A man searching for his bike hardly sounds like a great plot for one of the most beloved films of all time, but Vittorio De Sica's 1948 masterpiece is a beautifully crafted portrayal of suffering and poverty in post war Rome. Being the definitive Italian Neorealist film, Bicycle Thieves has all the anti-Hollywood touches that made this genre so refreshing. The cast are all amateurs, the script largely improvised and the whole film is shot on location.
Lamberto Maggiorani (a factory worker before being snagged by De Sica for the role of Antonio) plays a typical down and out Roman, desperate for work, who assembles every morning with his fellow unemployed begging for a job from a city official. Fortunately his run of bad luck is over and he gets a job putting up glossy film posters around town. However his bad luck soon returns after his bike is stolen on his first day of work. Accompanied by his plucky young son, he spends the next day pounding the pavements searching for the precious bike which his livelihood depends on.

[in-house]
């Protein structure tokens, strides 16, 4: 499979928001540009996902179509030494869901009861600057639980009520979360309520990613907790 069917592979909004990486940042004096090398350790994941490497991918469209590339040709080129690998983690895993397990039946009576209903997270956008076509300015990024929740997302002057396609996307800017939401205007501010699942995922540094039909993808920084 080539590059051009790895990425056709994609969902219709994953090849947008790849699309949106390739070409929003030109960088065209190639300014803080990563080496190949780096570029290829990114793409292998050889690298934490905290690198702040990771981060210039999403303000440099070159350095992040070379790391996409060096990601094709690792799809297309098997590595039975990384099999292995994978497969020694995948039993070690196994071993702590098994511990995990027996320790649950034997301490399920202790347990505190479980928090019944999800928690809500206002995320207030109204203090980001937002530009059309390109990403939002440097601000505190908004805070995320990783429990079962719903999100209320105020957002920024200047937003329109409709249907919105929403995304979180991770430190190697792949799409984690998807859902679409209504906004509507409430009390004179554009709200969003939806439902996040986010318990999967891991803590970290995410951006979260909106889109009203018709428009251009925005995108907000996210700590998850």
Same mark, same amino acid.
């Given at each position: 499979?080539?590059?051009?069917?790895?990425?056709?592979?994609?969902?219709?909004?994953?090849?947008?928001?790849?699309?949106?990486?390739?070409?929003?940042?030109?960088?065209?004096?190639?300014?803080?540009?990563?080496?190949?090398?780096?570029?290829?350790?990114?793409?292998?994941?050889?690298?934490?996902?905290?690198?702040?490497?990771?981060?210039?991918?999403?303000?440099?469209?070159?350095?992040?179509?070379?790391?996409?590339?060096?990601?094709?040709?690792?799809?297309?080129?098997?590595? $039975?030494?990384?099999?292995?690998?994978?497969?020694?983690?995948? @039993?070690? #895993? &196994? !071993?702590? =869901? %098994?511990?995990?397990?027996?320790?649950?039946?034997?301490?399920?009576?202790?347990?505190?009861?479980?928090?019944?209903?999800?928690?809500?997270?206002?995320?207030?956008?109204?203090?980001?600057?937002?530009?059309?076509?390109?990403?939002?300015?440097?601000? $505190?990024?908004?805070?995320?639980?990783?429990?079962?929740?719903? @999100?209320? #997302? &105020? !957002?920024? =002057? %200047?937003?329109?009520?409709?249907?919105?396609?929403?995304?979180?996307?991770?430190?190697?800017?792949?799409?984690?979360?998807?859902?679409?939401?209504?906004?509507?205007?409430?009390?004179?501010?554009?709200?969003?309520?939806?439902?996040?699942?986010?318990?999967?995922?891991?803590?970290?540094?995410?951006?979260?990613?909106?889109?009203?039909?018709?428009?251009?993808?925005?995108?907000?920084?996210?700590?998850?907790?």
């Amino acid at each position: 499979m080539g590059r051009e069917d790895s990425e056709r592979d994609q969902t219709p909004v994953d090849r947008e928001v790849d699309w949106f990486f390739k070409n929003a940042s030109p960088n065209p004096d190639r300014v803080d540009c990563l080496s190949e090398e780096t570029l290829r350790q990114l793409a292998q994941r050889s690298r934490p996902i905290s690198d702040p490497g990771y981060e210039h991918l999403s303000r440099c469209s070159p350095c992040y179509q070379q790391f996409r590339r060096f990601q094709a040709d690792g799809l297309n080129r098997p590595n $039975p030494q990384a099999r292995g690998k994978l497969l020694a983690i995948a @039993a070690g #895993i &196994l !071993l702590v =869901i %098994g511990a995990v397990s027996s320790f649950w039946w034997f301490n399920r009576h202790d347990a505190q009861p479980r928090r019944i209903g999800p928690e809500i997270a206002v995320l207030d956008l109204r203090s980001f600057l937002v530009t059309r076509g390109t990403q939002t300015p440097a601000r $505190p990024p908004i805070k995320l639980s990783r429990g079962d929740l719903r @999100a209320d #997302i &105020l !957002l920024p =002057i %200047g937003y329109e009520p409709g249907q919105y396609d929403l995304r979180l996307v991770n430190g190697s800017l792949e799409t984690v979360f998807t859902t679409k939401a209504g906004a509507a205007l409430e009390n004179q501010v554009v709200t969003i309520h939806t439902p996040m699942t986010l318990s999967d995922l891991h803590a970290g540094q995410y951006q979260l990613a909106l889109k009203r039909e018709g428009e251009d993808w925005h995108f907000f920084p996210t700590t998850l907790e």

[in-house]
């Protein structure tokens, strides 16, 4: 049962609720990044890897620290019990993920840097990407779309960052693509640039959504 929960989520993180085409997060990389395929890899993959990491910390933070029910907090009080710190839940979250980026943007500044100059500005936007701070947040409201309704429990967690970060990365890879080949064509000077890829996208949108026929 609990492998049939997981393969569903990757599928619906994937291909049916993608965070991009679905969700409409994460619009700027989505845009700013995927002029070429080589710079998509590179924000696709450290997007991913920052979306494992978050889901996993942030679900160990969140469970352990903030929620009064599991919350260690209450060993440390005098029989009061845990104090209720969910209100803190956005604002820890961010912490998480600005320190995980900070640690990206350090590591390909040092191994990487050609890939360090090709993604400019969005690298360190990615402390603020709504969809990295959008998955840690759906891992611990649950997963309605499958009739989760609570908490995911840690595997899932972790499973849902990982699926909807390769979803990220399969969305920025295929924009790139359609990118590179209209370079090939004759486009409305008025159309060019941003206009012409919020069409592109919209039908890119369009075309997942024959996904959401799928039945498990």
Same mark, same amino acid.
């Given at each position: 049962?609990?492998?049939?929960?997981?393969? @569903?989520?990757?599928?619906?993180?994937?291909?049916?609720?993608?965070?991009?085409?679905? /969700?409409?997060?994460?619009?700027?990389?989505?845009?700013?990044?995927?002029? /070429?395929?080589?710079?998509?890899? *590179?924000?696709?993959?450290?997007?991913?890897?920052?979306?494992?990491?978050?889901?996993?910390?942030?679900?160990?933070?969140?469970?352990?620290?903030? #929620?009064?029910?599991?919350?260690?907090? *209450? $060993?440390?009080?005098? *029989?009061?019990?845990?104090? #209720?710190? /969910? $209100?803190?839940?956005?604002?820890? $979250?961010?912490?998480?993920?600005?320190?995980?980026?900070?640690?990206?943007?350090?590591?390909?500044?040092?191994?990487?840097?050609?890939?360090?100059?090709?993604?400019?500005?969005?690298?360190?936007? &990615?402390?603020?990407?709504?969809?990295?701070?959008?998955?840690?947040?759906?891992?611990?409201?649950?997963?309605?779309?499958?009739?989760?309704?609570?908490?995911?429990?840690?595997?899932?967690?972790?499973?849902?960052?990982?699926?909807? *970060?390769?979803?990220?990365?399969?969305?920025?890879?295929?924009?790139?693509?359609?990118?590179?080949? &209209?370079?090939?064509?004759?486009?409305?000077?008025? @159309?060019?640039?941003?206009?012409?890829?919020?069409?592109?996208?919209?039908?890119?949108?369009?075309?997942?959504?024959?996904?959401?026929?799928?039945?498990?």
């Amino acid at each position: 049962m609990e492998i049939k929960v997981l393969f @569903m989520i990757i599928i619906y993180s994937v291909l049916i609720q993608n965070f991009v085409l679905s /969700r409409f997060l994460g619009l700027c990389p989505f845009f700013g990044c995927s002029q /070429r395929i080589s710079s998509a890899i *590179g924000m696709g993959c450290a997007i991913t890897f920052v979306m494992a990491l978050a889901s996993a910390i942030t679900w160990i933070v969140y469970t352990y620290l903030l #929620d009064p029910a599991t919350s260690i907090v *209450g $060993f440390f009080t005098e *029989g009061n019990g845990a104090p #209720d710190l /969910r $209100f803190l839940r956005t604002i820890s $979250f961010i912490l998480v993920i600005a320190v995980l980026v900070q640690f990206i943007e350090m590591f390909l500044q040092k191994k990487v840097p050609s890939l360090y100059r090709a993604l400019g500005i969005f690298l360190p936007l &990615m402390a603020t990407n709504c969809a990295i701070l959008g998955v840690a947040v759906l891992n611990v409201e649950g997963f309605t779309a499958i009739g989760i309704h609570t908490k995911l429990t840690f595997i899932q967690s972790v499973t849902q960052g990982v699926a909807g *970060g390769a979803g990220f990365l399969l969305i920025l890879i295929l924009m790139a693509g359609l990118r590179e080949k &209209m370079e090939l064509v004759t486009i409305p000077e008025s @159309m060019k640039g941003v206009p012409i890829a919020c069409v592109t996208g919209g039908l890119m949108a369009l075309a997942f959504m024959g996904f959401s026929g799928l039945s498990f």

The beauty of this film is the relationship between Antionio and his son Bruno (A mesmerising performance by Enzo Staiola). Bruno idolises his father, regardless of his inability to provide for his family and over the course of the day the young boy learns the invaluable lesson that life is simply unfair. In one scene, Antonio agonises over the hopelessness of his situation and strikes his son but quickly jumps to conclusions after witnessing another person nearly drown in the Tiber. But his relief after finding Bruno alive and well quickly dissipates upon realisation that he is no closer to finding his bike. The social commentary is not subtle, this is a Marxist parable after all, however an exchange of glances between Bruno and another child in a restaurant is remarkably charming.
Being a Realist film, there is predictably no happy ending. Against all the odds, Antonio recognises his bike and after tracing the thief to a brothel he finds himself confronting the local gangsters. A local policeman admits he can't do anything and in absolute dispair Antonio steals another bicycle but is caught straight away, Although his sympathetic victim doesn't press charges, the damage has been done and in the famous heartbreaking ending Antonio takes his distraught son home, his heroic opinion of his father shattered.